Monday, May 28, 2012

Just a Walk on the Beach

Serenity.  Peace.  One with nature.  The thrill of discovery and the satisfaction of the find.  The gentle slapping of waves against the shoreline acting as natures sorting machine while lulling you into imagining what life must have been like 65 million years ago along these waters.  That pretty much describes my experiences while beachcombing for fossilized shark teeth.  And it's even better as a family activity.  Imagine walking a beach, perhaps having the beach all to yourself with the only stress being how to navigate by wading around fallen trees or other obstacles, or perhaps climbing over them, to get to fresh collecting areas.  And it's even better when you have someone to share it with.
With fossil material all over the beach, all you have to do is enjoy the peace and quiet, and pick the fossils up off the beach.  What a great activity to share with my daughter, and bring home some of natures treasures as well.
In my case, it's a perfect way for me to bond with my daughter.  We've been collecting shark teeth and other fossils together for many years now.  Each trip results in the satisfaction of finding shark teeth, but more important than that, memories that last a lifetime sharing the experience with a loved one.  The great thing about my daughter now, is that although she's grown into a lovely college aged woman, she still loves to go with me.  And now she's getting back into fishing too, which is even better.

Our last trip was to a location where the finds consisted of Palaeocene shark, ray, and reptilian fossils.  For more information on fossils from this era, check out my post titled, "Catching Prehistoric Sharks".  We took some good friends from New York that were down for the weekend on a fossiling trip along with us in hopes of finding Otodus obliquus teeth, fossilized teeth of a gigantic great white shark of that era that grew from thirty to forty feet in length or perhaps some of the rarer teeth from that era.
Otodus obliquus, far left, was believed to be an ancestor of the famous gigantic shark Carcharocles megalodon (far right).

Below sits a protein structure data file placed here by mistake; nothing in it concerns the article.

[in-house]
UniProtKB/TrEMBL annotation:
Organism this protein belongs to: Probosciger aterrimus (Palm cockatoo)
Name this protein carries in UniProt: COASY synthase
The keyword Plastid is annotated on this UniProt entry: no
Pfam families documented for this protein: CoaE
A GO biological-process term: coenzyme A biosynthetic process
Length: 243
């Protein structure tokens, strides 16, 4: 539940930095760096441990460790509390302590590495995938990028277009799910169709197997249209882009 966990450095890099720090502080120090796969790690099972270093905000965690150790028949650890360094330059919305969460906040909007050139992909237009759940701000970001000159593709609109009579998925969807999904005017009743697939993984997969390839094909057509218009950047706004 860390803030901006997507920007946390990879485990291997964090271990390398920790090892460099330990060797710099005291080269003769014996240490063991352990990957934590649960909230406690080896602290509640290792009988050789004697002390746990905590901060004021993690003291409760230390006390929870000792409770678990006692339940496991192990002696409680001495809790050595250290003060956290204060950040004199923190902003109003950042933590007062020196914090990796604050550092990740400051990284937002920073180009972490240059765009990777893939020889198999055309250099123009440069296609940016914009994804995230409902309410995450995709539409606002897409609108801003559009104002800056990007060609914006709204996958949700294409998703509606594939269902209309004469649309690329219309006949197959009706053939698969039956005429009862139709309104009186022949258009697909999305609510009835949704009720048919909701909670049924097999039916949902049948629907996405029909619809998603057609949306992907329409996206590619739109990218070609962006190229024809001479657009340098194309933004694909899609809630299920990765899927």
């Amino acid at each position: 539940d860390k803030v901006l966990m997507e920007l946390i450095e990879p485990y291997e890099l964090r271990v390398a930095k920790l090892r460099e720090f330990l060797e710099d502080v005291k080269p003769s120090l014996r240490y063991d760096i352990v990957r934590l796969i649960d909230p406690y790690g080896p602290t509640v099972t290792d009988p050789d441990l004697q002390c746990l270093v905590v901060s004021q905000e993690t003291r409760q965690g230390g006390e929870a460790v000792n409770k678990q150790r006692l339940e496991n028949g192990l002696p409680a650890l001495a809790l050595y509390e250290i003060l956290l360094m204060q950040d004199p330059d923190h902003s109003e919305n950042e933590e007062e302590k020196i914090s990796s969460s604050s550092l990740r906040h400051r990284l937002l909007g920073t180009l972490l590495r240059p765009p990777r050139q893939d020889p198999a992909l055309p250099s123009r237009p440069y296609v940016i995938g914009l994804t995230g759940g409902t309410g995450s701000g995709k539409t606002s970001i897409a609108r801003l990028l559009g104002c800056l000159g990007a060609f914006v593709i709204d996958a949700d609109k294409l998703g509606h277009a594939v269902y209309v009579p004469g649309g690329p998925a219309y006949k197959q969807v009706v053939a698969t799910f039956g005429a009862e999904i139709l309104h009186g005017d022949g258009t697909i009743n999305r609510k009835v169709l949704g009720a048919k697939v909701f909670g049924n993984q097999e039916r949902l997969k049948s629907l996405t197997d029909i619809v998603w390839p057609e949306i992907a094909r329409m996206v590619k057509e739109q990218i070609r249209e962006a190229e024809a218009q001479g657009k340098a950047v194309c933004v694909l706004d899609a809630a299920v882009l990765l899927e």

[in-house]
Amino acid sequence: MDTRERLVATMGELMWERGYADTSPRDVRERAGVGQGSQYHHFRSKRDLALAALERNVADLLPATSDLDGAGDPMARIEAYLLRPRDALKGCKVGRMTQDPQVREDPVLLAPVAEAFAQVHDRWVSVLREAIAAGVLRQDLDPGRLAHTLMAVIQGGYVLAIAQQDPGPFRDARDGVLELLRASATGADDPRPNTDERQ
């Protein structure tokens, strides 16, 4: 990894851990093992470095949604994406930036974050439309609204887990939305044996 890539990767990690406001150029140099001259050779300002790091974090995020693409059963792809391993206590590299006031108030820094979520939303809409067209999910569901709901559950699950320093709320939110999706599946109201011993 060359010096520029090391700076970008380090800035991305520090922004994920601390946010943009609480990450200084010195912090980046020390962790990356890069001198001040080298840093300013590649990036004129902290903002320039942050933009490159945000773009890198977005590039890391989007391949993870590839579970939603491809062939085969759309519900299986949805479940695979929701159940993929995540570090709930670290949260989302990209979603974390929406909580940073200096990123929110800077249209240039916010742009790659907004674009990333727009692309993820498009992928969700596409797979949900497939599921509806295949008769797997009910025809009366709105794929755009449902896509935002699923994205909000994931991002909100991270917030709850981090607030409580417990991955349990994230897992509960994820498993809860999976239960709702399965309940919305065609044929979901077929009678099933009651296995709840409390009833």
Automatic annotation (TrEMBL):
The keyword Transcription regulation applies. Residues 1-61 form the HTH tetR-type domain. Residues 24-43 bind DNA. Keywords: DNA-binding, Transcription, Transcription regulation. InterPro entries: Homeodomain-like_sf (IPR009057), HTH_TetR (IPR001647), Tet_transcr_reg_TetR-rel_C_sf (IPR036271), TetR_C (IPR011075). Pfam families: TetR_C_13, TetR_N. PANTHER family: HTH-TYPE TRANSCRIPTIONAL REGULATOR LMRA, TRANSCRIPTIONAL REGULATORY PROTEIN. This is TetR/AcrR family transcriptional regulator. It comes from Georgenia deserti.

Palaeocarcharodon orientalis.  Photo courtesy of Kevin May.
We all had a goal of finding teeth from two species of fossilized shark teeth from that time are very rare, the pygmy great white shark Palaeocarcharodon orientalis, and a bottom dwelling shark similar to todays cat sharks, Paraorthacodus clarkii, along with the impressive Otodus teeth.  You also have a chance to find crocodile and ratfish teeth.  But the most common type of tooth found there are those of the sand tiger sharks.

Sand tiger sharks were the dominant species of that time.  Not that they were the most dominant of sharks, rather, the number of species of that type of shark far outnumbered other types of sharks.

Last week, one of our friends found a worn but rather large (for this location) Palaeocarcharodon orientalis tooth within the first ten minutes after our arrival.  Amazing.  You never know what or when you'll find something like that!  My daughter and I weren't so lucky, but we did manage to find a good many shark teeth including some nice Otodus obliquus teeth and a pile of sand tiger shark teeth.
Otodus teeth like this one found by my daughter a couple years ago of this size are rare.  Although we didn't find any like this one on this trip, we did find several teeth up to an inch and a half long though, which are also a nice addition to our collection.